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New Constitutional Council
Jan. 9, 2023
Chilean political parties agreed, in mid-December, on a process to draft a new constitutional rewrite proposal: a constitutional council of 50 directly elected officials (dubbed constitutional advisors) and a commission of 24 experts appointed by Congress.
The process will be markedly faster than the previous Constitutional Convention: the experts will start work this month, the council will be elected in April and have five months to work, and the final plebiscite to ratify or reject the proposal will be in November, 2023. (El País, Bloomberg, Reuters)
The agreement, which took weeks of wrangling among Chilean political parties, is a victory for President Gabriel Boric, who had pushed for an elected, rather than designated council. But the design of the process, which gives experts the job of putting together an initial proposal, and then editing the constitution drafted by the council, reflects the will of right-wing parties that seek to avoid a refoundational document, reports El País.
While Boric hailed the agreement as a compromise, the deal risks maintaining Chile’s status quo, with a veneer of reform, warns Yasna Mussa in a Post Opinión piece. “Suddenly, it seems that Chile went back to sleep to wake up to the reality that confuses us with the politics of the 1990s, full of mediocre pacts because we were just getting used to democracy again.”
Chile’s new plan for a constitutional assembly gives the Boric administration a way forward for a new magna carta — albeit a less ambitious one than the draft rejected by voters last year — but also permits the government space to advance on other legislative agenda items, argues Claudia Heiss in NUSO.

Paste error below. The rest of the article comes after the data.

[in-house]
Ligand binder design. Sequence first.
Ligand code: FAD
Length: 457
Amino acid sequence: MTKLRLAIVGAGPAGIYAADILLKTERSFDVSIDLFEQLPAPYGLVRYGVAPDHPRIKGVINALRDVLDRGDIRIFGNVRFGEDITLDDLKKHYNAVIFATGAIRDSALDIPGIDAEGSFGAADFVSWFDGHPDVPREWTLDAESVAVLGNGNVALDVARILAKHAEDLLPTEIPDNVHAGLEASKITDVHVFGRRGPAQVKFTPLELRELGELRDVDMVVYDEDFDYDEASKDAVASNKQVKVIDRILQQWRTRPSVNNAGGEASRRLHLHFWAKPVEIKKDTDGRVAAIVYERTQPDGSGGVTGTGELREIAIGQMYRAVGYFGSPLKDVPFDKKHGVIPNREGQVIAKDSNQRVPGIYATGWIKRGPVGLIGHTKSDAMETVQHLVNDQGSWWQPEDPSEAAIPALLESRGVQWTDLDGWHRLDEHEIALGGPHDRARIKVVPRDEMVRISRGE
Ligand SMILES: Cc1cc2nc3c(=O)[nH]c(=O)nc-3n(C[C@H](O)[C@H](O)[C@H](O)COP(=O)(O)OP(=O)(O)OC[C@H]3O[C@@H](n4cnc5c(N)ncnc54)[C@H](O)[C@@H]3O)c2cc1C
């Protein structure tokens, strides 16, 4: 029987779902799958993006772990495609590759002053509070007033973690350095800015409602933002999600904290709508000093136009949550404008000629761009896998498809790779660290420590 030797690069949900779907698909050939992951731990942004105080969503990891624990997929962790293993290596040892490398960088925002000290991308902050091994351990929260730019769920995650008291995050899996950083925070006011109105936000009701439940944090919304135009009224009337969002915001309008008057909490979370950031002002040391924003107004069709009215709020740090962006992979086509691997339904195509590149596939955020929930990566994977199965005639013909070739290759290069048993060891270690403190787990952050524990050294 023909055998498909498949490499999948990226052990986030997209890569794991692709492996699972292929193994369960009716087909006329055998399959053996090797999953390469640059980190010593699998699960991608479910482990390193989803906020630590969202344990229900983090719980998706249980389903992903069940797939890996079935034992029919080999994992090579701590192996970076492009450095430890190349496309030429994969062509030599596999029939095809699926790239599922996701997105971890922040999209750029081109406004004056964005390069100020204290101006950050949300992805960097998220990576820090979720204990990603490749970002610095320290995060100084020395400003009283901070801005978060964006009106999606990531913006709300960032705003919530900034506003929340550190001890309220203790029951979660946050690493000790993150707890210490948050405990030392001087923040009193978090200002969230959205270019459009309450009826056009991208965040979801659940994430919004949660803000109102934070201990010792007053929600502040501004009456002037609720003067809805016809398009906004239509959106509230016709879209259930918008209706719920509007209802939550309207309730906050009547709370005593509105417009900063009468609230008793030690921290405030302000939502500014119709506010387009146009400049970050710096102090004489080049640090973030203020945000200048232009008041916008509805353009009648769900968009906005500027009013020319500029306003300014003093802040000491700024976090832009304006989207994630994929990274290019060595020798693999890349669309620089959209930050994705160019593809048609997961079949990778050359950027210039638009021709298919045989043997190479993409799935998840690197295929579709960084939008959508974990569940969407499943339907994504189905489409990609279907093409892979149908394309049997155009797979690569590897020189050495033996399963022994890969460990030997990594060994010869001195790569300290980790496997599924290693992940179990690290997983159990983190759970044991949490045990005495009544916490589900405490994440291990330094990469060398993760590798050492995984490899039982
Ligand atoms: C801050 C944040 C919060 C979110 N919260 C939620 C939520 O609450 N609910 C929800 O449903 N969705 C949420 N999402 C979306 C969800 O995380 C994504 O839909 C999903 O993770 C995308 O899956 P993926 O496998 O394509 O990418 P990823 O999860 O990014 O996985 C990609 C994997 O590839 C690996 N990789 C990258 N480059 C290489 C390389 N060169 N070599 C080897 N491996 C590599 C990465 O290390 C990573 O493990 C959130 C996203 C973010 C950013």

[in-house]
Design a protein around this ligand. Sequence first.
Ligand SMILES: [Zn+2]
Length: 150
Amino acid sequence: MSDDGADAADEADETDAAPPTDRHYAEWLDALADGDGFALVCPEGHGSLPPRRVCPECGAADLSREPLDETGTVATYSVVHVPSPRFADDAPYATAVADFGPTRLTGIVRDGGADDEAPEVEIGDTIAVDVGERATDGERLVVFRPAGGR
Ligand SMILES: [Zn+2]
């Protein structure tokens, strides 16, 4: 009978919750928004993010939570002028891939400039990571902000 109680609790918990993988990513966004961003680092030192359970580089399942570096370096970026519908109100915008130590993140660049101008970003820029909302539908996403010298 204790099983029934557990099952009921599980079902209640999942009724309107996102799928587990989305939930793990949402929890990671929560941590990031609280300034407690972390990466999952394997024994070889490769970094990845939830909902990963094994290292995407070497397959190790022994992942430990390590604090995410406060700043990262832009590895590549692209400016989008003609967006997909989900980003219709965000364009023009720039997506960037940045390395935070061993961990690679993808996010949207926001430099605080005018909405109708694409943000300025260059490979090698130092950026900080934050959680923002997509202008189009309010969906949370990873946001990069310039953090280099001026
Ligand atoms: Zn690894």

Chilean President Gabriel Boric announced a $2 billion social spending package, aimed at helping Chilean families face rapidly rising living costs. It includes a doubling in Chile’s annual payment to poor and middle-class families, as well as increases to cash transfers for parents, and discounts on food, price reductions for medications, subsidies aimed at job creation, among others. (Bloomberg, El Mostrador, CNN)
Boric’s New Year’s pardon of a member of a rebel group convicted of robbing a bank in 2013 has caused tensions with the country’s Supreme Court. Boric said he was convinced, after conversations with jurists, that the process against Jorge Mateluna was flawed — to which the court responded that the president was usurping judicial functions. (El País, Radio Chile)
Boric also pardoned a dozen people convicted in connection with widespread 2019 social protests. (Reuters)
Chile’s justice minister, Marcela Ríos, resigned on Saturday, in response to accusations of wrongdoing over the pardons given to people connected to the 2019 protests. She will be replaced by lawyer Luis Cordero Vega. (Reuters)
However the General Government Secretary, Camila Vallejo, said there was no chance of revoking the pardons, though she said if the President had had more information, “the situation would have been different.” (CNN)
A Chilean congressional committee approved a controversial mining royalty bill, that would increase royalties on copper sales in the country, as part of the government's sweeping tax reform, reports Reuters.
Chile’s rejected constitution missed a historic opportunity to defend migrant rights, argues Pablo Seward Delaporte in Nacla.